Widely credited with helping bring art world attention to quilts, the Whitney Museum of American Art’s 1971 exhibit, Abstract Design in American Quilts, featured graphic pieced quilts hanging on the walls architect Marcel Breuer had intended to showcase the large abstract paintings artists created in the mid-20th century. The exhibit’s curators, Jonathan Holstein and Gail van der Hoof, had begun comparing the antique American bed quilts in their collection to these very same paintings, identifying visual similarities in the use of hard edges, optical illusions, repetition, saturation of color, and graphic simplicity.
The Whitney took a risk in exhibiting works typically considered as craft or folk art on its gallery walls. But by this time, enough art enthusiasts were accustomed to seeing non-”high” art forms treated in this way, due to expanding definitions of art, brought about through forms of modernism, including pop art, minimalism, and performance art. Prior to Abstract Design, a few museums, including the Newark Museum, the Museum of Contemporary Craft (now Museum of Arts and Design), and the Rhode Island School of Design Museum, had hung quilts on their walls as works of art. Quilts in general had begun receiving widespread attention from the press during the late 1960s. The 60 quilts showcased at the Whitney brought this interest to a new level, with Abstract Design breaking the Whitney’s attendance record and selling out its catalog.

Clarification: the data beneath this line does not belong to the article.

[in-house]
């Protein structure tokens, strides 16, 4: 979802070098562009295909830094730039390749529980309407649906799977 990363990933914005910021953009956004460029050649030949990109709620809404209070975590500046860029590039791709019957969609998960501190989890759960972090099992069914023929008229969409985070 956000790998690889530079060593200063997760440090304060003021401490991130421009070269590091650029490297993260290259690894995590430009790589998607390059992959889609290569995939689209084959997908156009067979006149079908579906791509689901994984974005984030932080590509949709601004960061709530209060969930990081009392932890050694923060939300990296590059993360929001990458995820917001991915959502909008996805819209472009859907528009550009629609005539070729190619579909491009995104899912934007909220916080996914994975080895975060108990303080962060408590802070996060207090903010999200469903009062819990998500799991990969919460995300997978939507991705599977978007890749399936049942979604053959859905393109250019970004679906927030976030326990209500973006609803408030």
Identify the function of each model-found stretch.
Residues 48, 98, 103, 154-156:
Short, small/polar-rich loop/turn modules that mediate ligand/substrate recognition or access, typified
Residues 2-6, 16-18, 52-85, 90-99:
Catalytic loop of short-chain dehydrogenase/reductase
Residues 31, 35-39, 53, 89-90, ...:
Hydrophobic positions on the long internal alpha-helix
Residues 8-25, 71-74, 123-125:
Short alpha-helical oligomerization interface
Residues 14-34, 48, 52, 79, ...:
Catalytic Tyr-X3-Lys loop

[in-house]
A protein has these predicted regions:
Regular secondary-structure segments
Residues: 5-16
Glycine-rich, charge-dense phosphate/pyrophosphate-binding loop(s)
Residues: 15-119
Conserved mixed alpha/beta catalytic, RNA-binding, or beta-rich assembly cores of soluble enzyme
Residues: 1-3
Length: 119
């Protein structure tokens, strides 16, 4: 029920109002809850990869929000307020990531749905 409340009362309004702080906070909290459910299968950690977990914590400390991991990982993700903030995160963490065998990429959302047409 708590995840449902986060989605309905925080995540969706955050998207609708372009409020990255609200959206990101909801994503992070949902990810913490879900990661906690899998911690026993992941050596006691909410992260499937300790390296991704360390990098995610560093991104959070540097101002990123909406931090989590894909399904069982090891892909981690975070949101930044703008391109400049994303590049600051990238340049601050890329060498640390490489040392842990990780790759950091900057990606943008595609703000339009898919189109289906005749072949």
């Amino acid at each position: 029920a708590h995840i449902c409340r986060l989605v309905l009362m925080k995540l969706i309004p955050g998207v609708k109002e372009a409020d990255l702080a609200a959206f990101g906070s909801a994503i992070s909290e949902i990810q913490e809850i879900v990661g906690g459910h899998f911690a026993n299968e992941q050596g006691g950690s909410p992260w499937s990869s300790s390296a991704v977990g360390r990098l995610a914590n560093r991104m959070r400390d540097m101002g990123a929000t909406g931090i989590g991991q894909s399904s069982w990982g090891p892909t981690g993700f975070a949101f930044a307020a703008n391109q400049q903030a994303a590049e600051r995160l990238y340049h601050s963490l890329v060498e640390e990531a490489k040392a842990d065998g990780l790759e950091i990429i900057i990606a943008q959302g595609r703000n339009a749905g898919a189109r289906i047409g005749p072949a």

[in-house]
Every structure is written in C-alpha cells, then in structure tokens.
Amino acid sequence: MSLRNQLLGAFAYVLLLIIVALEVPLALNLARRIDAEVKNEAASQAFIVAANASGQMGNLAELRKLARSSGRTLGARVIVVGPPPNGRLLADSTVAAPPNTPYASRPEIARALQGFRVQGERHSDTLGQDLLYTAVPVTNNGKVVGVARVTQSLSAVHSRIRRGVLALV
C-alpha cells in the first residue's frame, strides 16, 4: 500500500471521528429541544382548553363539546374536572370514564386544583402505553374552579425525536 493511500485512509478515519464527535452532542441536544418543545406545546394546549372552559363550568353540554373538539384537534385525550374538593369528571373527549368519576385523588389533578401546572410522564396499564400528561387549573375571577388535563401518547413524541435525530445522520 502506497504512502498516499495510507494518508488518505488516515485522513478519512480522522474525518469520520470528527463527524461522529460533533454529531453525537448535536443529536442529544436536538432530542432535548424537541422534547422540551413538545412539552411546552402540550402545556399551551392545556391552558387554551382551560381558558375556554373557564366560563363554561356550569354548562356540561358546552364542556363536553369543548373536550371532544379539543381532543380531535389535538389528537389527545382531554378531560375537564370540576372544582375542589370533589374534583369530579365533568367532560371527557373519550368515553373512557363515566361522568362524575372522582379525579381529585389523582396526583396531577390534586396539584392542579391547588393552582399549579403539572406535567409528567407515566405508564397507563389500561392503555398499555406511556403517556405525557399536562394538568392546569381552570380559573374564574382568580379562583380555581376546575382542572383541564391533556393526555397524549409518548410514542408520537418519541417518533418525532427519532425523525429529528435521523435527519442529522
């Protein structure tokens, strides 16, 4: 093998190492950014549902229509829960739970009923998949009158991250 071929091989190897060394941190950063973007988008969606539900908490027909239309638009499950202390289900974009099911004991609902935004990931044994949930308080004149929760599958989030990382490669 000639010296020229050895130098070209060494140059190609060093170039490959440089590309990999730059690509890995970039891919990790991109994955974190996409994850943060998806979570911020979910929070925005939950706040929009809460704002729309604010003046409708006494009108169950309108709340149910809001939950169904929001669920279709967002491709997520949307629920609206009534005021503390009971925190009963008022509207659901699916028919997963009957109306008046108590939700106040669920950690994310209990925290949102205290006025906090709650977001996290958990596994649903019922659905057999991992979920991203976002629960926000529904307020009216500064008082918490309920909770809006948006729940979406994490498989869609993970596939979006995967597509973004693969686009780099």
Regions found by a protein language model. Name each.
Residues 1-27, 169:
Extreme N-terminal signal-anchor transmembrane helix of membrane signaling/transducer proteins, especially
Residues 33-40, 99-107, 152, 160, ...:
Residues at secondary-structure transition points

Art critics bestowed near universal praise on the exhibit, and soon Holstein and van der Hoof received requests from venues across the United States and Europe to host similar exhibits. Abstract Design did not single-handedly transform quilts into works of art, but the lavish attention it brought to quilts signaled a new era, as artists, critics, and the general public began to see quilts as much more than bed covers.